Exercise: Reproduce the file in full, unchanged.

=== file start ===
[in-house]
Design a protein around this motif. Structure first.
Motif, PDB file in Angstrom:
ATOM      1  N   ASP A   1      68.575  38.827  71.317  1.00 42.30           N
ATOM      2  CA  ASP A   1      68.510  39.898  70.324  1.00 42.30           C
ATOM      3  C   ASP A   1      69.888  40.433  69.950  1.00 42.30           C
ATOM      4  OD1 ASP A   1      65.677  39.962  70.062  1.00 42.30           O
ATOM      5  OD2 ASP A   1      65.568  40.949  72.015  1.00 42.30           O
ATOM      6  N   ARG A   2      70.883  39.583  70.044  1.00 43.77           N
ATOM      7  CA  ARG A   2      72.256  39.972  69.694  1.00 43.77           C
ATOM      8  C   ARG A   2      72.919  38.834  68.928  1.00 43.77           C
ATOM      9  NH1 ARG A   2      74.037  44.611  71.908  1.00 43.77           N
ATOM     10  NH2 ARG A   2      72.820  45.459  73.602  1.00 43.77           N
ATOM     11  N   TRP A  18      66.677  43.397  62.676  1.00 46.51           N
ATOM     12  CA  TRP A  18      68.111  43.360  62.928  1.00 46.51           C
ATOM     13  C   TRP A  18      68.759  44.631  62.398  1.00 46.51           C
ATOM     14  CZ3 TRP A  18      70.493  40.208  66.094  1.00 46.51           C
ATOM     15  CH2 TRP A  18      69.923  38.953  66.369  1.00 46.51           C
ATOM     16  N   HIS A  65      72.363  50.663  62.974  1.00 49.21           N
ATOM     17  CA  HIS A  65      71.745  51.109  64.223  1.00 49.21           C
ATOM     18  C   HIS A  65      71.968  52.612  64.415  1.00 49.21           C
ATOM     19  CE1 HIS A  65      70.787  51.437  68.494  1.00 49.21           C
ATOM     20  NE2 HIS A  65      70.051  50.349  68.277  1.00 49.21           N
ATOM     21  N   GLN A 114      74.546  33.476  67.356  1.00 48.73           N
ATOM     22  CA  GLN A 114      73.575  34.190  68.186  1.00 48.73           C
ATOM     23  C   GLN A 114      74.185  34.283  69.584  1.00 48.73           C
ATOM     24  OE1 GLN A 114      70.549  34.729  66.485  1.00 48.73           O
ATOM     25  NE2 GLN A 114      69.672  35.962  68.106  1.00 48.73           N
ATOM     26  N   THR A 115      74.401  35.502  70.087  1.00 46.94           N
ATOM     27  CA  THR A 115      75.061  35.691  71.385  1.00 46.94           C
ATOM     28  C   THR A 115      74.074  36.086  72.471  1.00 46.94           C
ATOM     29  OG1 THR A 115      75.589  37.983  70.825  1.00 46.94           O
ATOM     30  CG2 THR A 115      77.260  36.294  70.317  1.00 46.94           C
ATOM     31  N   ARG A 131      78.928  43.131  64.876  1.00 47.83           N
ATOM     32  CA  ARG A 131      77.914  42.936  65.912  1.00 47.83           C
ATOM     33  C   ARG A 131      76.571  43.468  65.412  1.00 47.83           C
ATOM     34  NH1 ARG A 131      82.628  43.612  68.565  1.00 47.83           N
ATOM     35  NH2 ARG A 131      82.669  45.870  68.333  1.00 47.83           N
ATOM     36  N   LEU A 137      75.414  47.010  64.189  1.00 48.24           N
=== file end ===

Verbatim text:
[in-house]
Design a protein around this motif. Structure first.
Motif, PDB file in Angstrom:
ATOM      1  N   ASP A   1      68.575  38.827  71.317  1.00 42.30           N
ATOM      2  CA  ASP A   1      68.510  39.898  70.324  1.00 42.30           C
ATOM      3  C   ASP A   1      69.888  40.433  69.950  1.00 42.30           C
ATOM      4  OD1 ASP A   1      65.677  39.962  70.062  1.00 42.30           O
ATOM      5  OD2 ASP A   1      65.568  40.949  72.015  1.00 42.30           O
ATOM      6  N   ARG A   2      70.883  39.583  70.044  1.00 43.77           N
ATOM      7  CA  ARG A   2      72.256  39.972  69.694  1.00 43.77           C
ATOM      8  C   ARG A   2      72.919  38.834  68.928  1.00 43.77           C
ATOM      9  NH1 ARG A   2      74.037  44.611  71.908  1.00 43.77           N
ATOM     10  NH2 ARG A   2      72.820  45.459  73.602  1.00 43.77           N
ATOM     11  N   TRP A  18      66.677  43.397  62.676  1.00 46.51           N
ATOM     12  CA  TRP A  18      68.111  43.360  62.928  1.00 46.51           C
ATOM     13  C   TRP A  18      68.759  44.631  62.398  1.00 46.51           C
ATOM     14  CZ3 TRP A  18      70.493  40.208  66.094  1.00 46.51           C
ATOM     15  CH2 TRP A  18      69.923  38.953  66.369  1.00 46.51           C
ATOM     16  N   HIS A  65      72.363  50.663  62.974  1.00 49.21           N
ATOM     17  CA  HIS A  65      71.745  51.109  64.223  1.00 49.21           C
ATOM     18  C   HIS A  65      71.968  52.612  64.415  1.00 49.21           C
ATOM     19  CE1 HIS A  65      70.787  51.437  68.494  1.00 49.21           C
ATOM     20  NE2 HIS A  65      70.051  50.349  68.277  1.00 49.21           N
ATOM     21  N   GLN A 114      74.546  33.476  67.356  1.00 48.73           N
ATOM     22  CA  GLN A 114      73.575  34.190  68.186  1.00 48.73           C
ATOM     23  C   GLN A 114      74.185  34.283  69.584  1.00 48.73           C
ATOM     24  OE1 GLN A 114      70.549  34.729  66.485  1.00 48.73           O
ATOM     25  NE2 GLN A 114      69.672  35.962  68.106  1.00 48.73           N
ATOM     26  N   THR A 115      74.401  35.502  70.087  1.00 46.94           N
ATOM     27  CA  THR A 115      75.061  35.691  71.385  1.00 46.94           C
ATOM     28  C   THR A 115      74.074  36.086  72.471  1.00 46.94           C
ATOM     29  OG1 THR A 115      75.589  37.983  70.825  1.00 46.94           O
ATOM     30  CG2 THR A 115      77.260  36.294  70.317  1.00 46.94           C
ATOM     31  N   ARG A 131      78.928  43.131  64.876  1.00 47.83           N
ATOM     32  CA  ARG A 131      77.914  42.936  65.912  1.00 47.83           C
ATOM     33  C   ARG A 131      76.571  43.468  65.412  1.00 47.83           C
ATOM     34  NH1 ARG A 131      82.628  43.612  68.565  1.00 47.83           N
ATOM     35  NH2 ARG A 131      82.669  45.870  68.333  1.00 47.83           N
ATOM     36  N   LEU A 137      75.414  47.010  64.189  1.00 48.24           N